As you read the creation/fall account in Genesis 1-3, you see that God’s perfect creation was devastated by sin. That death and destruction entered into the world and a curse came upon the earth. We have all tasted the brokenness of a fallen world. I cannot blame Adam or Eve for this curse as a result of sin because I willingly participated in it.

The hope that I hold onto dearly is that God promises that one day all of this ends for the redeemed. God provides a way out of this darkness and destruction through Jesus. God says in James 1 that He can even use this pain and suffering to bring Him glory. He can use the seasons of trial to cause us to draw closer to Him and persevere.

God promises one day that the presence of sin will be removed for the redeemed. But he also makes promises for us here and now. God says that He will provide rest from the chaos. He promises that we can have true peace and joy when everything going on around us should cause the opposite. He tells us that we do not have to worry or be overwhelmed with anxiety. He promises that His children have victory over death, that death has no sting. Even through the funerals I have officiated for believers, I can rest assured that Jesus conquered death and one day we will all meet again.

The Takeaway

I hold steadfast to these promises made by God. They encourage me to faithfully bring the message of hope from the Gospel. God lays out in His word that we can have victory from the yokes of slavery and that includes the chains of addiction. When I read these truths I see that breaking the chains of addiction doesn’t have to be a mundane daily admittance of “I am an addict”. It’s actually the opposite. It is, “I am a bloodstained child of the Kingdom; I am made new and I am not defined by the wickedness of my past; I press on to know the Lord. I don’t claim to be perfect but I don’t look back and I press on toward the goal to which Christ called me.”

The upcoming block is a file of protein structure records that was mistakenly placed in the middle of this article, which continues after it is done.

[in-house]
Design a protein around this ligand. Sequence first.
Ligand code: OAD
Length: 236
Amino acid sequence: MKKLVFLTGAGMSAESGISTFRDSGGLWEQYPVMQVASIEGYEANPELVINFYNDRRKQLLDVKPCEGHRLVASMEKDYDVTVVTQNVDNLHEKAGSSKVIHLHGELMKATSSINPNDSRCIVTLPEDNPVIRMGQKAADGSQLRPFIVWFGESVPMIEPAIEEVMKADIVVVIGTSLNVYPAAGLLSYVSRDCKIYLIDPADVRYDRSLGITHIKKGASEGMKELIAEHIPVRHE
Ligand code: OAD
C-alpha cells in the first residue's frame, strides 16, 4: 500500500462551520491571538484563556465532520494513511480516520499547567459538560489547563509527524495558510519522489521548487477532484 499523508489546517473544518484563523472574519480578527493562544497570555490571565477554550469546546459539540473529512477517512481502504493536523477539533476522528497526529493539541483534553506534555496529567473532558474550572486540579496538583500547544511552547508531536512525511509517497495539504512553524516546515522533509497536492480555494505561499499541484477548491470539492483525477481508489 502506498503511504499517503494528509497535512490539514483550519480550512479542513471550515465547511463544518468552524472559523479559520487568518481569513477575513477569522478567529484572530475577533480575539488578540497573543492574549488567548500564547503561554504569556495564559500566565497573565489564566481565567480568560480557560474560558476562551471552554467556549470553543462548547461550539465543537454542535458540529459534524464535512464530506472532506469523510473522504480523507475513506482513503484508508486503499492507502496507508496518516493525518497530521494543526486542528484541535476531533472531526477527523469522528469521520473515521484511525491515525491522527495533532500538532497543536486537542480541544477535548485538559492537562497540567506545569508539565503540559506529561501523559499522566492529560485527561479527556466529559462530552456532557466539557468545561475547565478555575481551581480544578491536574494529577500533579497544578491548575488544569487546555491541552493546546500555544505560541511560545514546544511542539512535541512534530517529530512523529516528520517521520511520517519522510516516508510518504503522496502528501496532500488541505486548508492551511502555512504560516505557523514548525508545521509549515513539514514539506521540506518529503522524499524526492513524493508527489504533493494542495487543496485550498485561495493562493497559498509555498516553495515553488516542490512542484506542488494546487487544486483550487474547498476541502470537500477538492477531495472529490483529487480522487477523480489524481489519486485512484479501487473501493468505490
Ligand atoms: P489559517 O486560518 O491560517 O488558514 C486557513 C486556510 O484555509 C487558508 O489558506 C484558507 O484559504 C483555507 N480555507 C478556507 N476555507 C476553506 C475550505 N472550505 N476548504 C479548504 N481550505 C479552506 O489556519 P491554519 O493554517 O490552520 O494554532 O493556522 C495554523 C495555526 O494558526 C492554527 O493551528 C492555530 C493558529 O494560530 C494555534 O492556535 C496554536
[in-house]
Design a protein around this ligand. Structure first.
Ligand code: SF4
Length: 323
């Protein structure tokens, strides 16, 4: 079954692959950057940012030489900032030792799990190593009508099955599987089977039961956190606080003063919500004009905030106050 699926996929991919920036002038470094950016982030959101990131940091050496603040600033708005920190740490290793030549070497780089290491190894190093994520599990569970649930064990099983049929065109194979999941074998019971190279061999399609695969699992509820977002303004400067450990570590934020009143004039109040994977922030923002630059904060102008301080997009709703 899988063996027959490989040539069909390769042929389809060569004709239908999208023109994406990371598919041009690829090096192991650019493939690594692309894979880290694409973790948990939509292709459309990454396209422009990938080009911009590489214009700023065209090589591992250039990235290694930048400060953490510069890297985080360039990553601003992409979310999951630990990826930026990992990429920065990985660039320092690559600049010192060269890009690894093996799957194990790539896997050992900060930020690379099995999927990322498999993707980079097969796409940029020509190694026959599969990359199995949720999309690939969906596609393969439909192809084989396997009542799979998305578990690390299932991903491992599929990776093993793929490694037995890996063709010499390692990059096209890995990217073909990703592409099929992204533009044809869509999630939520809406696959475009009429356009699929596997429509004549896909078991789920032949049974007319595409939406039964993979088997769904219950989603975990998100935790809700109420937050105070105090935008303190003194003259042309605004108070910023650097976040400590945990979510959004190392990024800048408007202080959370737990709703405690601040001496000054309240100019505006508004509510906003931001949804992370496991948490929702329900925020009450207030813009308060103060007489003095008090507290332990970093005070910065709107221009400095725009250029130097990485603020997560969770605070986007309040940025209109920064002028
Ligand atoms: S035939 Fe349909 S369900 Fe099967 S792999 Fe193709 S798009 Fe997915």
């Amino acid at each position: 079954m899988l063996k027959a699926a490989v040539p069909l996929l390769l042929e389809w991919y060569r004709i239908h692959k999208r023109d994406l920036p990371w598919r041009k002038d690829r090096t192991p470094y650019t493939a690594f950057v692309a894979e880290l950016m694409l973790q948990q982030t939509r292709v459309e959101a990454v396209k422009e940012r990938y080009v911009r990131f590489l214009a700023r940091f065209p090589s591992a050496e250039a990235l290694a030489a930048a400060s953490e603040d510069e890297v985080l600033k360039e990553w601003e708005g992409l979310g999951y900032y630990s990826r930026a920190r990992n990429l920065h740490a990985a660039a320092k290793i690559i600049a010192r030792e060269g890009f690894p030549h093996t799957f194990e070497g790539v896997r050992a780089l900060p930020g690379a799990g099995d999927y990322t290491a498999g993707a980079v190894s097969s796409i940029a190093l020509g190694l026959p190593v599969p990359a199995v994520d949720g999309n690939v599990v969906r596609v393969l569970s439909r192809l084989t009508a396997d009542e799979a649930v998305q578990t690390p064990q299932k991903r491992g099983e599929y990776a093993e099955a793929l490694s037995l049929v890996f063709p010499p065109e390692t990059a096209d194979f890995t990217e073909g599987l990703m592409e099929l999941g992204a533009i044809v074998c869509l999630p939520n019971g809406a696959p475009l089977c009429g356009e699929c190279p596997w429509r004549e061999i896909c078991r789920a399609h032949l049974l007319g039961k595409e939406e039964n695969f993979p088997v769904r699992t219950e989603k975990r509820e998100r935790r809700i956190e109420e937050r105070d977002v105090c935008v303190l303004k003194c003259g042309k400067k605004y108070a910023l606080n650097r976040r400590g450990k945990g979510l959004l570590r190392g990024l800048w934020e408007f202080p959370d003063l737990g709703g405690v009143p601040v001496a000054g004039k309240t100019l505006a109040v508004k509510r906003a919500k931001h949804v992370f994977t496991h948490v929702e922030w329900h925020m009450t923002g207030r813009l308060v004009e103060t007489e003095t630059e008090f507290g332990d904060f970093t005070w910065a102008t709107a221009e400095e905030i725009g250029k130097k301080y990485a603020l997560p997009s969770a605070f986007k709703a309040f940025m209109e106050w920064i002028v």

If someone you know is struggling with addiction then step in and have these hard conversations. Make it as hard as possible for them to stay in an addictive lifestyle and show them how easy it can be for them to walk into recovery. If you personally are struggling with addiction, please reach out and get help. The S2L Recovery program helps addicts throughout Middle TN and beyond to complete a faith-based recovery program. This drug and alcohol addiction rehabilitation center can be the catalyst to launch you into the “new creation” that God has called you to. So be bold and act. Press on brother or sister and behold your creator. What you behold is what you will become more like.

Closing Words of the Lord

“[16] So we do not lose heart. Though our outer self is wasting away, our inner self is being renewed day by day. [17] For this light momentary affliction is preparing for us an eternal weight of glory beyond all comparison, [18] as we look not to the things that are seen but to the things that are unseen. For the things that are seen are transient, but the things that are unseen are eternal.” (ESV) 2 Corinthians 4:16-1